According to ESPN's Jerry Crasnick, Kansas City leadoff hitter Alcides Escobar is starting off games by putting pressure on Toronto starters:
Escobar is hitting .417 with a .611 slugging percentage in 36 postseason at-bats, and all he did Tuesday was reach base three times and contribute two sacrifice flies. According to the Elias Sports Bureau, Escobar is the first player in major league history to hit safely to lead off the first inning in four straight games in a postseason series.
When Royals manager Ned Yost made Escobar his leadoff hitter for the postseason, it seemed like a curious move. The 28-year-old had a .293 on-base percentage during the regular season and owns a .298 mark in eight MLB seasons.
Those numbers are relevant when examining Escobar's value over an entire season, but short playoff series don't always play by normal rules. Kansas City's All-Star shortstop has provided the necessary spark that sets the tone for high-contact hitters like Ben Zobrist, Lorenzo Cain and Eric Hosmer to drive in runs.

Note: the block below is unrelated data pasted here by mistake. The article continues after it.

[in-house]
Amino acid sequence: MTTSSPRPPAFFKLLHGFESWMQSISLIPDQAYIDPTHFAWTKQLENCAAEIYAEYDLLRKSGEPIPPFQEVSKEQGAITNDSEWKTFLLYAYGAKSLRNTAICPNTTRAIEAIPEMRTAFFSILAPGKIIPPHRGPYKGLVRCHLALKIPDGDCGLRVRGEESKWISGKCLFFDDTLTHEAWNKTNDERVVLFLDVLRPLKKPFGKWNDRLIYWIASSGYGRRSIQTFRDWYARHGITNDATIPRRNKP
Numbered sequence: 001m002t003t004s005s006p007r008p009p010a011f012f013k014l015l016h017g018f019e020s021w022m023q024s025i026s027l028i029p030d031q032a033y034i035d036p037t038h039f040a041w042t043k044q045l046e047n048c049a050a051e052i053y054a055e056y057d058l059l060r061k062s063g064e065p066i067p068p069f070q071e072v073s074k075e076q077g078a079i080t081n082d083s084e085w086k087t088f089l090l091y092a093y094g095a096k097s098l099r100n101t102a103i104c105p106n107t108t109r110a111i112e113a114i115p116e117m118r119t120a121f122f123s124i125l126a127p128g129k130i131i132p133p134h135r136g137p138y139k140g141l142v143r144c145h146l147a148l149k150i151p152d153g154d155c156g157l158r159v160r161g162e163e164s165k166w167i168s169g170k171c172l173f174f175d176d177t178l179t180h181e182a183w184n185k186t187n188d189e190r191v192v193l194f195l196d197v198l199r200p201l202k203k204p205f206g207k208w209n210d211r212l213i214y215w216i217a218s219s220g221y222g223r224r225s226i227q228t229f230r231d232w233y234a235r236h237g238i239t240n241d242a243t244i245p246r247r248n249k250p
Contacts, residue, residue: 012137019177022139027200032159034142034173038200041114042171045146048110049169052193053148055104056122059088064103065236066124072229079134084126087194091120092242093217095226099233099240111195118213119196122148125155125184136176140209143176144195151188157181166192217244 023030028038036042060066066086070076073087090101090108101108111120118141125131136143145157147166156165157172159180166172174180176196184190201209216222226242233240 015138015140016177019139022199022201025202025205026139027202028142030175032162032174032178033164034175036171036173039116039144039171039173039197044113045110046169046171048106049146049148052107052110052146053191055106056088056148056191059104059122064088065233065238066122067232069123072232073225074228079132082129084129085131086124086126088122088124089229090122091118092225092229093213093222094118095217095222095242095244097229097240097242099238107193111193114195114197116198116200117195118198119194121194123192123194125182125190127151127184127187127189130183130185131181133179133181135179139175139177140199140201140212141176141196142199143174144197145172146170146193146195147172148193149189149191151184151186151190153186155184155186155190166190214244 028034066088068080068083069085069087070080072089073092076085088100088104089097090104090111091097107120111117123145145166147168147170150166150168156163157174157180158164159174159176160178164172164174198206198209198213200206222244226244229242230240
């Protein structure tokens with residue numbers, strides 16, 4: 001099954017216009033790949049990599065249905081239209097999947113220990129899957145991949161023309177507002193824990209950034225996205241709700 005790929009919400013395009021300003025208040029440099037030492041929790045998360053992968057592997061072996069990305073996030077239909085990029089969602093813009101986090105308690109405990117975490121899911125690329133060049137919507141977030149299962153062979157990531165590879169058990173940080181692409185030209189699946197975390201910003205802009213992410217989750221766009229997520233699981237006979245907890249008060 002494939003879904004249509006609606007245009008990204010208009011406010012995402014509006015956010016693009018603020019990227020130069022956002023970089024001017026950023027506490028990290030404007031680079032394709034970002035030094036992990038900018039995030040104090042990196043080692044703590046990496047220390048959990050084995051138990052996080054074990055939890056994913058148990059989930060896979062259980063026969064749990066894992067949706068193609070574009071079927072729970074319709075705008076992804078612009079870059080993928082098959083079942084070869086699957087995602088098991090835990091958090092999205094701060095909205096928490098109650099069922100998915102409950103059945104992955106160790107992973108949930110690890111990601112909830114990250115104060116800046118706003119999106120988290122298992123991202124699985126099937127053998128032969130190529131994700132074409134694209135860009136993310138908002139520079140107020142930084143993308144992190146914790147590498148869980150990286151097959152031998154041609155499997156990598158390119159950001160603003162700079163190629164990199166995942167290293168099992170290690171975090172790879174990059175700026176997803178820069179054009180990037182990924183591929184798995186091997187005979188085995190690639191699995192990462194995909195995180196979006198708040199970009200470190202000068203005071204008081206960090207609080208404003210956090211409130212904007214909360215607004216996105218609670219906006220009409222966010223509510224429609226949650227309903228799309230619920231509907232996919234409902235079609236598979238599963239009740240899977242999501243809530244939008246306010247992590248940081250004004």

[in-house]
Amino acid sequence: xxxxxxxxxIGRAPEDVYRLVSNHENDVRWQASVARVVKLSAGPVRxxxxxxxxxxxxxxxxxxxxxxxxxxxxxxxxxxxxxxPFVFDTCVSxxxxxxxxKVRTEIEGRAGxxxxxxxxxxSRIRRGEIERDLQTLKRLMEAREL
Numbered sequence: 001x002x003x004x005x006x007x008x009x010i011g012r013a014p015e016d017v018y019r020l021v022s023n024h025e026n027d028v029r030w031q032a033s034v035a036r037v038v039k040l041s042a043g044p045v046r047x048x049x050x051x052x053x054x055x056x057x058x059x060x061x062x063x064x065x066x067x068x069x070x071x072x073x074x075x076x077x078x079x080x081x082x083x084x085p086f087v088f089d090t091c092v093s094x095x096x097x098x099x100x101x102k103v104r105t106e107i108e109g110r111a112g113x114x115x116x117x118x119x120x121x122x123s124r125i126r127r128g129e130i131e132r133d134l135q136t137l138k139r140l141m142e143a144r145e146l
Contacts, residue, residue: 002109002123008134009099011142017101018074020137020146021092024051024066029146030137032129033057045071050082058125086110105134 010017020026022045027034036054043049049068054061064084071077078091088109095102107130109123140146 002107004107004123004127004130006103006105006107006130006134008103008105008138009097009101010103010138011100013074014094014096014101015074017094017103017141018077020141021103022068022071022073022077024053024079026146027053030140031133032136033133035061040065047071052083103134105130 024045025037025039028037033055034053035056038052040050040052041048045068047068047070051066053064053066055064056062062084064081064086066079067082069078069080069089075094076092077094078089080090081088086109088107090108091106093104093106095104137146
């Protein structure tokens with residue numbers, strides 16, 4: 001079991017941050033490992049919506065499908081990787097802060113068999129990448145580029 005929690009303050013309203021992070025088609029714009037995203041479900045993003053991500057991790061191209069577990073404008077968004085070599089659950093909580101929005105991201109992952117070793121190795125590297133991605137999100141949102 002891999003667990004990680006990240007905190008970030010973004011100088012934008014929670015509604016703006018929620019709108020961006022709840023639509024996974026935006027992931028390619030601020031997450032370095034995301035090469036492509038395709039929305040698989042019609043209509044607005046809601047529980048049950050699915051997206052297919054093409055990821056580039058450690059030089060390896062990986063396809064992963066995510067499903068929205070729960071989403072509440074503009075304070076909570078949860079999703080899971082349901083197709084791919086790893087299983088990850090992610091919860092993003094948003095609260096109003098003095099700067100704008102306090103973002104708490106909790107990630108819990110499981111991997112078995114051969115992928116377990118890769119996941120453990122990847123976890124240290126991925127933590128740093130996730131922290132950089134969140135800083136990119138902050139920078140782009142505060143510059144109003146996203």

The Royals aren't known for having a potent offense but have scored at least five runs in all four ALCS games, forcing Toronto manager John Gibbons to use a bullpen that wasn't deep to begin with and grew even weaker when Brett Cecil was injured against Texas.
In the National League, the Cubs would love to have a chance at getting to New York relievers not named Familia. The problem is, unlike Escobar for the Royals, they aren't getting anyone leading off an inning on base this series, as noted by ESPN Stats & Info: